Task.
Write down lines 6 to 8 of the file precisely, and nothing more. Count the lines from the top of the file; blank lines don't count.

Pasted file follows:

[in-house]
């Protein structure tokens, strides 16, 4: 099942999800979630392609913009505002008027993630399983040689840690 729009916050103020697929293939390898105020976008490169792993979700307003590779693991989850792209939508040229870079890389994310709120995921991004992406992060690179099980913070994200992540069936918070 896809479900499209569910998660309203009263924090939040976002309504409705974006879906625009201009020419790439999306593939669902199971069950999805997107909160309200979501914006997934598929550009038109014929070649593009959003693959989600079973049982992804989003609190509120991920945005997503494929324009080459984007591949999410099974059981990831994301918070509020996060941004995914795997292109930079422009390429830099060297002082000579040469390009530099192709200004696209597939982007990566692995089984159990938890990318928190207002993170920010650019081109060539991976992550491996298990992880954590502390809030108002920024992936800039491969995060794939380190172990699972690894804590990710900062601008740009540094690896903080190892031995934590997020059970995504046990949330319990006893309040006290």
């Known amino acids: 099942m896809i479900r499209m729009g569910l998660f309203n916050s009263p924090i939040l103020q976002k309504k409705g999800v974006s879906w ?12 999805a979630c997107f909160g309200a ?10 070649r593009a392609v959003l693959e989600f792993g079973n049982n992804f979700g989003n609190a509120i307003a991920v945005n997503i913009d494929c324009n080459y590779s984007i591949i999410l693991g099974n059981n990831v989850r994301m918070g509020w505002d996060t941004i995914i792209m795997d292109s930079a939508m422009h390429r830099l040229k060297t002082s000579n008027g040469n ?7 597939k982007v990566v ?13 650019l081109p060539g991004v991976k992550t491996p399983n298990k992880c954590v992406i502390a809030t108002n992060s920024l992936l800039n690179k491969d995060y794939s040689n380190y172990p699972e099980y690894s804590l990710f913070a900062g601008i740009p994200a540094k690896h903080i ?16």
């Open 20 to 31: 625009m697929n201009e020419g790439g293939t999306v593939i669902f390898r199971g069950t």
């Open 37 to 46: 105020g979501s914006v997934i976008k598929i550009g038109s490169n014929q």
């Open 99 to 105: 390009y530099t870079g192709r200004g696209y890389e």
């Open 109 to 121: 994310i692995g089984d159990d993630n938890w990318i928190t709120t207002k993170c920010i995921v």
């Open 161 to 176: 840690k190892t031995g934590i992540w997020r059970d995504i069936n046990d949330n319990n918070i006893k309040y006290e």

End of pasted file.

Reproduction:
């Open 99 to 105: 390009y530099t870079g192709r200004g696209y890389e």
């Open 109 to 121: 994310i692995g089984d159990d993630n938890w990318i928190t709120t207002k993170c920010i995921v």
């Open 161 to 176: 840690k190892t031995g934590i992540w997020r059970d995504i069936n046990d949330n319990n918070i006893k309040y006290e």